With the 2020 growing season on the horizon, Michigan Department of Agriculture and Rural Development (MDARD) Director Gary McDowell unveiled the state’s 2019 Industrial Hemp Ag Pilot Program Final Report, marking the successful completion of the freshman year of this new program.
“With the inaugural year of growing hemp for the first time in decades under our belt, Michigan is focused on taking the next steps with this emerging crop,” said McDowell. “Last year, hemp was grown in 58 of the state’s counties and I look forward to the next phase of this program.”
In April 2019, MDARD established Michigan’s first Industrial Hemp Ag Pilot Program so farmers, processors, and state colleges could grow, handle, process, and research industrial hemp. Industrial hemp is Cannabis (Cannabis sativa L.) that has equal to or less than 0.3% 9-tetrahydrocannabinol (THC). It’s grown for fiber, grain and biomass, as well as non-intoxicating medical compounds such as cannabidiol (CBD).
Participants in the 2019 pilot program were required to enter into a research agreement with MDARD. Under the agreement, each registered grower or licensed processor-handler was required to submit a research report to MDARD after the end of the 2019 growing season. The results of the survey submissions are summarized in the report.
“Feedback from the surveys provided the department with invaluable feedback as we move into the second year of growing and processing hemp in Michigan,” said Gina Alessandri, MDARD’s Industrial Hemp Program Director. “Their feedback gives us a better understanding of the challenges they faced, so we can build a solid foundation for a long-term successful hemp crop.”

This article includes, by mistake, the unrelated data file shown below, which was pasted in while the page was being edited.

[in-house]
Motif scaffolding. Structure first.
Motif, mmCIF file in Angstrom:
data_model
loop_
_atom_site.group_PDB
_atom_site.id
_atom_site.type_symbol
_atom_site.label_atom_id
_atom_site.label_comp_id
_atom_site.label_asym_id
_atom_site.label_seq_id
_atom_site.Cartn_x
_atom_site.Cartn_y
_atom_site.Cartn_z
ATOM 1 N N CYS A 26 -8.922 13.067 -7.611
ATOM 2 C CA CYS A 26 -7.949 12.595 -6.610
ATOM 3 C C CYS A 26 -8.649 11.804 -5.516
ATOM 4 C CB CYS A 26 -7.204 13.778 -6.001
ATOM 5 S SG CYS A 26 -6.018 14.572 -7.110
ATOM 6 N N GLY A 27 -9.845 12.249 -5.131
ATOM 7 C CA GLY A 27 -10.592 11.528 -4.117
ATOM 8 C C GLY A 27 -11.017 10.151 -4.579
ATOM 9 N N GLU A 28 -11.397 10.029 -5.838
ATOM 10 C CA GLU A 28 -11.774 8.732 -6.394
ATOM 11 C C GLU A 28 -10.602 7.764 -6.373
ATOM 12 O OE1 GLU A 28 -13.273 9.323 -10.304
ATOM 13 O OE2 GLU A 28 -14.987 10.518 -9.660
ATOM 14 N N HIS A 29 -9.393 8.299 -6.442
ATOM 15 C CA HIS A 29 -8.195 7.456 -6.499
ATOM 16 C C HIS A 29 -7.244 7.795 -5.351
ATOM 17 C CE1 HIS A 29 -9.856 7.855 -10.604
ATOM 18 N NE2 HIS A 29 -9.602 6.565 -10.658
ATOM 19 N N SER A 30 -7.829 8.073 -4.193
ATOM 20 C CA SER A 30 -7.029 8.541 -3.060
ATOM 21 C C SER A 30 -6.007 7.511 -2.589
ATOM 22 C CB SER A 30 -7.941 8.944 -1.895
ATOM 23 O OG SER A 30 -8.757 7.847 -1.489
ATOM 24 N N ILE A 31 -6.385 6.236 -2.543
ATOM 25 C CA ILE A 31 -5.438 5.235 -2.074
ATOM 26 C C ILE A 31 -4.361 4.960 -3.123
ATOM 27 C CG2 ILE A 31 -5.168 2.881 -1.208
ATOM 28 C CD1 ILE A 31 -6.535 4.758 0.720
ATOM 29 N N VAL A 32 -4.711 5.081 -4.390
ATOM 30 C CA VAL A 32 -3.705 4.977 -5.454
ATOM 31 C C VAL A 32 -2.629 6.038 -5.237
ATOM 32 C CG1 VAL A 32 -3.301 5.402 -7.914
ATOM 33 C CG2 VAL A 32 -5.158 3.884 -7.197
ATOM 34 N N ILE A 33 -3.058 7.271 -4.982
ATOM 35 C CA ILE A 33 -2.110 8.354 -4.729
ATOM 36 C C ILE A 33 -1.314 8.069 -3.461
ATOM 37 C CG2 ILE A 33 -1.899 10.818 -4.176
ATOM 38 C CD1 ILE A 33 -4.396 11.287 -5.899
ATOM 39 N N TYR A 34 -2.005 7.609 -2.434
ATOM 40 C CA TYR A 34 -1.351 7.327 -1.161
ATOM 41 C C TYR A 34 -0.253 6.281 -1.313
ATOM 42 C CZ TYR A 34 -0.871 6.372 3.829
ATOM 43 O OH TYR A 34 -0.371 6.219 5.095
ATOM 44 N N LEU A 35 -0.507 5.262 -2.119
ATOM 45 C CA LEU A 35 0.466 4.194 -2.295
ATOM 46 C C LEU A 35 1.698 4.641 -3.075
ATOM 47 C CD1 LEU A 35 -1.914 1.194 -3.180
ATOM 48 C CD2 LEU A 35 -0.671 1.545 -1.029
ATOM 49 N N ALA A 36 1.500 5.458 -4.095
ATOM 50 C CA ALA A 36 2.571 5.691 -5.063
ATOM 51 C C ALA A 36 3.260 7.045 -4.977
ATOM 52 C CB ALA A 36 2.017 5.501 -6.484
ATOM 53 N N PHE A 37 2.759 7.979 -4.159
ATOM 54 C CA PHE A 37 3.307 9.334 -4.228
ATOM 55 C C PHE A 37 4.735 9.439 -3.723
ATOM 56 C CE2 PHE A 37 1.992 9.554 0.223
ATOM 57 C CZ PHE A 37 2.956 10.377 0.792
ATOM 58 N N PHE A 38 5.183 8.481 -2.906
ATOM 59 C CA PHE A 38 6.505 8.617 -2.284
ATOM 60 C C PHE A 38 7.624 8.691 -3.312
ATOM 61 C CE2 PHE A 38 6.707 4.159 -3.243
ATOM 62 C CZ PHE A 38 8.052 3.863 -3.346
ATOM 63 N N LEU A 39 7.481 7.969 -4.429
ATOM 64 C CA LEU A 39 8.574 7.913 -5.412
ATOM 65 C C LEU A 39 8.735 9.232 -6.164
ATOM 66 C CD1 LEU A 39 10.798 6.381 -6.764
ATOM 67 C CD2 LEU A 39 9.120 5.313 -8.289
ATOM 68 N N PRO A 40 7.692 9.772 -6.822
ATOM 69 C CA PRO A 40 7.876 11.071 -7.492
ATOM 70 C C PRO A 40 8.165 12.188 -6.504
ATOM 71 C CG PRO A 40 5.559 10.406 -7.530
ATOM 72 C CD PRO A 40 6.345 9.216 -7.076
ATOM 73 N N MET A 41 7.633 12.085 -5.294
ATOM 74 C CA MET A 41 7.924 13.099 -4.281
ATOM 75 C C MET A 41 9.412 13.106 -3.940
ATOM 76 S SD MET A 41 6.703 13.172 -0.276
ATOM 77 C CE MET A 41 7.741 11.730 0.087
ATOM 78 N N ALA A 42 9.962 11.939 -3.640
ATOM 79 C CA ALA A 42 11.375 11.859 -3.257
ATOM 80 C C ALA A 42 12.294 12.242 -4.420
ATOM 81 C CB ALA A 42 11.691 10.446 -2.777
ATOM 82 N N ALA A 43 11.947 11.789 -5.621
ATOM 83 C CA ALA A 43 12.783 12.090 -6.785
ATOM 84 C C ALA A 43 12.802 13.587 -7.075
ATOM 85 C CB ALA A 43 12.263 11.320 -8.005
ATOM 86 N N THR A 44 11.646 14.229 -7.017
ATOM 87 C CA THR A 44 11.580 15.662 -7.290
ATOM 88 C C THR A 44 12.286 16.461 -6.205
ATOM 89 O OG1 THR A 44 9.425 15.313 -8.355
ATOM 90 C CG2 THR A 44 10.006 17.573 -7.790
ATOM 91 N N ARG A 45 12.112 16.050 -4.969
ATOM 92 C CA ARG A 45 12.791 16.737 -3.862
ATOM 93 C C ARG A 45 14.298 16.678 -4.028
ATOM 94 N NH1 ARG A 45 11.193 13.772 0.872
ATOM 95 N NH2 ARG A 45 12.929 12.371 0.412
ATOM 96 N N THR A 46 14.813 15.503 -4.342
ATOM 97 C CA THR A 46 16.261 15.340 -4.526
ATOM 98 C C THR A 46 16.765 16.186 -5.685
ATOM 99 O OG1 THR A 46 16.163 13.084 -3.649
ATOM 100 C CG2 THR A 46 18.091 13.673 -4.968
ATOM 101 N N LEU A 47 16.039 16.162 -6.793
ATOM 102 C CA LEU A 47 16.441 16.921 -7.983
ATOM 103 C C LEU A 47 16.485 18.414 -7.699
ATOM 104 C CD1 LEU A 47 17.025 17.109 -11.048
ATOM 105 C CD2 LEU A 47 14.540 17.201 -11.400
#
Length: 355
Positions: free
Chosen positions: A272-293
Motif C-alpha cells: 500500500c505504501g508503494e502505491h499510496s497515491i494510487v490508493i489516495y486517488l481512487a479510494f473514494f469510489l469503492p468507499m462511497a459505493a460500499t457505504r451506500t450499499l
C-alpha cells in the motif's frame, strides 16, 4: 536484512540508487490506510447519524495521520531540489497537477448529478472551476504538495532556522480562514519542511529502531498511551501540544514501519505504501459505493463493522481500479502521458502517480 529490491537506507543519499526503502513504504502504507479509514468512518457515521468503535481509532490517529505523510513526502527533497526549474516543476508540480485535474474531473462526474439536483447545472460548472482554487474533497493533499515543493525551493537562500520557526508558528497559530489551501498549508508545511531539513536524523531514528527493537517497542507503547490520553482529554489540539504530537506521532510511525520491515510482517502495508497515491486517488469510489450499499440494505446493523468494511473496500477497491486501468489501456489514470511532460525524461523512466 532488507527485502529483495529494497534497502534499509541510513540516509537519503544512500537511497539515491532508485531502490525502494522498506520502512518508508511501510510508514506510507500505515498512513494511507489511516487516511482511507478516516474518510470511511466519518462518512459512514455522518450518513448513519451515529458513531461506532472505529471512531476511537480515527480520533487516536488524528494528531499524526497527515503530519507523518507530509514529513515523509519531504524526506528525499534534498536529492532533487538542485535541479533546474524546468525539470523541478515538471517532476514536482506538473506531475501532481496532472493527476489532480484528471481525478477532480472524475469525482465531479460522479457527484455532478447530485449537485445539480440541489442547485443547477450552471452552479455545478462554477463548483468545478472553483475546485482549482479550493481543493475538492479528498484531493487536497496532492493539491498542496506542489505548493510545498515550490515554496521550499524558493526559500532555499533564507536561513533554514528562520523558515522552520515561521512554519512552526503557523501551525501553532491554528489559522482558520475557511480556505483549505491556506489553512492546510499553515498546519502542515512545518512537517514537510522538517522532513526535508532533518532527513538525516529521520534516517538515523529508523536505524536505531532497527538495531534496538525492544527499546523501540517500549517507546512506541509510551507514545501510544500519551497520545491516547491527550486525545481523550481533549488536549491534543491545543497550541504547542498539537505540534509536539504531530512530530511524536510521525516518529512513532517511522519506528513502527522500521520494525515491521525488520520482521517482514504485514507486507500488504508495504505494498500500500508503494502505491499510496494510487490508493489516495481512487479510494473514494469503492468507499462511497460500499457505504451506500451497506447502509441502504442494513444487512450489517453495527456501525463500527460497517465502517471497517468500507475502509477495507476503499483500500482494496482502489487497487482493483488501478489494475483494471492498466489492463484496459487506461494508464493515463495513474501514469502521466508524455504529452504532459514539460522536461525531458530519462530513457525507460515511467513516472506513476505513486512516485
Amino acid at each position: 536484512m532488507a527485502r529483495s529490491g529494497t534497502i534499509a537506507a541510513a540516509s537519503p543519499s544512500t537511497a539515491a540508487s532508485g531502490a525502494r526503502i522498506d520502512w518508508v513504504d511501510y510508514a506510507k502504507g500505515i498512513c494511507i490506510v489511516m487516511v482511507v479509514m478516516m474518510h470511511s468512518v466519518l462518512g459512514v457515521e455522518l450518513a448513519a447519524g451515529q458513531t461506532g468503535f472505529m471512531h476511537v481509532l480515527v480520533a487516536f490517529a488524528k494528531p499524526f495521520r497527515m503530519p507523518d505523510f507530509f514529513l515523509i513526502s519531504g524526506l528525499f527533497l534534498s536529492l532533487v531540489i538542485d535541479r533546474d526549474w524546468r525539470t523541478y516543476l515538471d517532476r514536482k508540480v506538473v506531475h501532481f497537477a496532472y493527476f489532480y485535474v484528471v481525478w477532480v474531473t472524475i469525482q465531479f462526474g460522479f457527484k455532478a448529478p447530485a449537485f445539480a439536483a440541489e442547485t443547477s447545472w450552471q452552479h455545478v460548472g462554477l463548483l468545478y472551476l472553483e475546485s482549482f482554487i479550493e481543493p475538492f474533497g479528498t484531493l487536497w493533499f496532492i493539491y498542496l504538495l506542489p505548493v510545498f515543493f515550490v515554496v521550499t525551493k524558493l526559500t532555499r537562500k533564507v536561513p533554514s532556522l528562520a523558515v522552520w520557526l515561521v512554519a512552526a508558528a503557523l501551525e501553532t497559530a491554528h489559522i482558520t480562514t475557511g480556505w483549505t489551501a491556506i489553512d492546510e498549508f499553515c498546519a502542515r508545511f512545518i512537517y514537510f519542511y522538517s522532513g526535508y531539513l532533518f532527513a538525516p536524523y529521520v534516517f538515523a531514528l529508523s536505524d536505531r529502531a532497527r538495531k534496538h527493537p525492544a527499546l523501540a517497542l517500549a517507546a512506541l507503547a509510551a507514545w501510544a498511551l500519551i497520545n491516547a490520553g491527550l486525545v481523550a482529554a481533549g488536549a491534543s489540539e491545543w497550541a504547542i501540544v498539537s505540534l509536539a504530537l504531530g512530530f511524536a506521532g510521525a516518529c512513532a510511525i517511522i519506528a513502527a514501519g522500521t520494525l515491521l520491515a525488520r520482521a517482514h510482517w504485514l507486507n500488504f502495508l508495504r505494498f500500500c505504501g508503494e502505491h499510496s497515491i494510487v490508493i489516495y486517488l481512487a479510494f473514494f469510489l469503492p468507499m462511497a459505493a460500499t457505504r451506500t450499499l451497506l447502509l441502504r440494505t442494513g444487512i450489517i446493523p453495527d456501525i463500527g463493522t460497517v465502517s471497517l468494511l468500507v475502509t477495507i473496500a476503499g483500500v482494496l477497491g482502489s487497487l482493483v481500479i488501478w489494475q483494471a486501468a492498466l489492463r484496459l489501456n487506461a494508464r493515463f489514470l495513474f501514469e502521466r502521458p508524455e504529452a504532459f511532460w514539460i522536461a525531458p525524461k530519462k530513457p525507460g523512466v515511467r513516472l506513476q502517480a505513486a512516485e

The 2019 pilot program participants planted approximately 3,678 acres of hemp outdoors and an additional 400,977 square feet of hemp indoors across the state. Based on the survey responses received, over 1,000 acres of hemp were planted by growers in multiple counties. The counties with the highest reported hemp acreage planted were Huron, Berrien, Oceana, and Tuscola.
MDARD is continuing the industrial hemp ag pilot program into 2020 while working to develop a permanent program.
Senator Dan Lauwers, representing the state’s 21st Senate District, is sponsoring Senate Bills 850, 851, 852, and 853. This legislation is intended to align Michigan’s Industrial Hemp laws with the requirements set in place by the United States Department of Agriculture’s Interim Final Rule. The passage of this legislation will enable Michigan to submit a State Plan for USDA approval for hemp cultivation. “This legislation keeps Michigan farmers compliant with federal requirements to grow industrial Hemp,” added Lauwers. “It’s important we keep farmers eligible to grow this new crop for the diversity it offers their operations and the competitiveness of Michigan agriculture.”
For additional information about Michigan’s industrial hemp program, visit www.michigan.gov/industrialhemp.